Monday, October 19, 2015

Review: "Becoming Lisette" by Rebecca Glenn


From Goodreads:  Independent and beautiful, Élisabeth Vigée, affectionately called Lisette by friends and family, has progressed in the art of oil painting faster than anyone could have anticipated. Having received instruction from her beloved father, Louis Vigée, a prominent Parisian guild painter, Lisette possesses all the qualities of a brilliant young painter, but is saddled with a singular disadvantage – being a woman in 18-century Paris. Undeterred, Lisette believes that she can become a painter.

Approaching a marriageable age, her parents have other plans for Lisette, ones that don’t include painting. Lisette finds support in Queen Marie Antoinette and a dashing art collector and French Army officer named Amante, who is clearly intrigued by her talent and beauty. After Lisette’s father dies unexpectedly, her family is left in dire financial straits. Lisette wants to support her family, but before she can sell a single painting, her mother marries a wealthy merchant jeweler named Le Sèvre. Le Sèvre discovers Lisette’s artistic abilities and soon has her painting portraits of his noble and wealthy jewelry clientele.

It quickly becomes clear that Le Sèvre only wants to control Lisette, leading to severe consequences for her budding career, Amante’s pursuit of her affections and even her safety. Lisette realizes that she must find her own way – before it is too late.


My Thoughts:  I've always enjoyed Elisabeth Vigee LeBrun's paintings so when the opportunity arose to review this book, I jumped at it.  Becoming Lisette was a such a wonderful surprise:  Ms. Glenn has given us a well-written portrayal of this talented artist.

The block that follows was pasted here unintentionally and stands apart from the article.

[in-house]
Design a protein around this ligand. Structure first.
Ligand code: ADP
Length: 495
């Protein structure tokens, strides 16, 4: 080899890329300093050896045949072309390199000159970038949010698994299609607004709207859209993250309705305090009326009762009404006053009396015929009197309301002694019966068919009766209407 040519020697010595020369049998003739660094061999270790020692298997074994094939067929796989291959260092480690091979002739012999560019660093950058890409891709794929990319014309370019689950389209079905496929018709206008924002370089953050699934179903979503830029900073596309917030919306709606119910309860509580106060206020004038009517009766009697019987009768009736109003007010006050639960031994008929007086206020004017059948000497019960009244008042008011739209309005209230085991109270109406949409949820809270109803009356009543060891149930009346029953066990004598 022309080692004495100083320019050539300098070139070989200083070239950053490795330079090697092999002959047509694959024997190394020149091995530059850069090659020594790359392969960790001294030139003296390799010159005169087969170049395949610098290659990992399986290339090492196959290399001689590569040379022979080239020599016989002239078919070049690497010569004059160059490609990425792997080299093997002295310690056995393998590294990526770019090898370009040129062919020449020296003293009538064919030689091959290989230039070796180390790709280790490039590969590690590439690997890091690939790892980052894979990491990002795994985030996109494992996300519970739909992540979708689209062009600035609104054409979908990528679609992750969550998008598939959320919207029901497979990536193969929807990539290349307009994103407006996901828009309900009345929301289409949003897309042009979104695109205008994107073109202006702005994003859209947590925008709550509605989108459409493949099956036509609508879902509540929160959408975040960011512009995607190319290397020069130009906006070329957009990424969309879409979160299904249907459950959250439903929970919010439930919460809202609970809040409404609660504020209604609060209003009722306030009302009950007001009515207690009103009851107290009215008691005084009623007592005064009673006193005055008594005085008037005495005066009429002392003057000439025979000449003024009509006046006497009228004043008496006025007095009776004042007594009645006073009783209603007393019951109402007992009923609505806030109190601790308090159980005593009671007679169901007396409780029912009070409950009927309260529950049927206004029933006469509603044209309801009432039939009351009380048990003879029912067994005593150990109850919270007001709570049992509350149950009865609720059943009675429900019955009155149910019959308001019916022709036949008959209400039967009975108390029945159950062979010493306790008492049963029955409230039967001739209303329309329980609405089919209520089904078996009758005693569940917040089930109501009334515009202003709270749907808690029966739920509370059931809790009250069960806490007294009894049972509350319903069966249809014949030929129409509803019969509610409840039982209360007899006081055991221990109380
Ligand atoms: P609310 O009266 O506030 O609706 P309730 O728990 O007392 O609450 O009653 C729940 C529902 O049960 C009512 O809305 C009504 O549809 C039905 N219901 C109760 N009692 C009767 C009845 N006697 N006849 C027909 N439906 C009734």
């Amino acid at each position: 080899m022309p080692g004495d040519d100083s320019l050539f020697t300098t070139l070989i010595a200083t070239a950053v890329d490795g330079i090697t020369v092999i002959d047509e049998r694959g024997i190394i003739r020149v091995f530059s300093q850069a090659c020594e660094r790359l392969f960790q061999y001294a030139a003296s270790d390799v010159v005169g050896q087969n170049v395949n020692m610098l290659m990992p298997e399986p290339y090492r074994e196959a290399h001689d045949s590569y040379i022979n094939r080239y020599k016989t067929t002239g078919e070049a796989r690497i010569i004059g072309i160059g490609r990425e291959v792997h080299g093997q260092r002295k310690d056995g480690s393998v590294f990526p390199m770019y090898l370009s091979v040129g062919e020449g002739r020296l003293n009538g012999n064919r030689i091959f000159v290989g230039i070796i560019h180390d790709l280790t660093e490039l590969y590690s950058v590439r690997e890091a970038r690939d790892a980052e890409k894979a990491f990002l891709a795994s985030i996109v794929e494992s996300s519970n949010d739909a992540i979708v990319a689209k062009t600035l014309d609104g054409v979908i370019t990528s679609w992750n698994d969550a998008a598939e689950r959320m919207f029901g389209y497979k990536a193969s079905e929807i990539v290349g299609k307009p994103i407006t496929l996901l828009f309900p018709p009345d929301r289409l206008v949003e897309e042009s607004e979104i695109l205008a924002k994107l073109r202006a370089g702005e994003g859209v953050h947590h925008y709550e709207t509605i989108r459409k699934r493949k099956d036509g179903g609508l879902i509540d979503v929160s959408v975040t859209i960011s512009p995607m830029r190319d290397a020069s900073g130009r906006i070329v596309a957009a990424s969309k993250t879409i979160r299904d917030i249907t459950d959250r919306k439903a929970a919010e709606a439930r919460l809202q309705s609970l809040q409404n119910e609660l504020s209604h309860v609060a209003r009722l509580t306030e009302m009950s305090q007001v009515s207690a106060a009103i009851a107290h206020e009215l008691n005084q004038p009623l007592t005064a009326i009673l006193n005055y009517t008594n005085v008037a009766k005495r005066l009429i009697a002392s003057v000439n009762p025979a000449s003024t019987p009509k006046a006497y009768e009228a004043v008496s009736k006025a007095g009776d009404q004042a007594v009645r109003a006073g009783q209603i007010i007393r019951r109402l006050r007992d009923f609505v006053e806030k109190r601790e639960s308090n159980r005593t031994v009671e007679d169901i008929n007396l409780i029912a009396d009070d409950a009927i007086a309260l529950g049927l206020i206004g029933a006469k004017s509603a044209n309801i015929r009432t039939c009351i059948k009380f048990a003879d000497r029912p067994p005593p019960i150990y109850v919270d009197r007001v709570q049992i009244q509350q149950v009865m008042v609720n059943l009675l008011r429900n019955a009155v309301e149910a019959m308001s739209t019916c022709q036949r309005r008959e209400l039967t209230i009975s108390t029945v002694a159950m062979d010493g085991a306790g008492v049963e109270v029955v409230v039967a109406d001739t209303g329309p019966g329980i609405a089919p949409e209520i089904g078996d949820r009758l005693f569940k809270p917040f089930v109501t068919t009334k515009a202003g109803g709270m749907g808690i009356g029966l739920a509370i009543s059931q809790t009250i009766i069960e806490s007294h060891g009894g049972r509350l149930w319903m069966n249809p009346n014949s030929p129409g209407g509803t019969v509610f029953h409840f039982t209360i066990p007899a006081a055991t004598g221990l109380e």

Becoming Lisette is an early look at Vigee LeBrun's life, before she has reached the fame and notoriety of her later life.  I loved reading about Lisette's passion for art and painting; the descriptions of the colors she used and the way she painted were amazing.  I felt like I could almost visualize the paintings as she was working on them.

I also really enjoyed reading about life in Paris during that late 17th century.  Lisette's family wasn't very well off while her father was alive so it was interesting to see lower-middle class life and then the jump to upper-middle class life.  There was such a huge shift in the way Lisette and her mother lived their every day lives and it was fascinating to see how differently people of various classes lived.  I will say that I loved reading about the meals that Lisette and her mother prepared and served.  They were so intricate and there was such a controlled structure to how they were served and in what order.  It made me want to research French food!

I was a little disappointed with how abruptly this story ended but when I realized that there will be second book, it made more sense (can't wait to read the next one!).  Overall, I found Becoming Lisette to be a great book.  4 stars.


I received a copy of this book from the author in exchange for an honest review.

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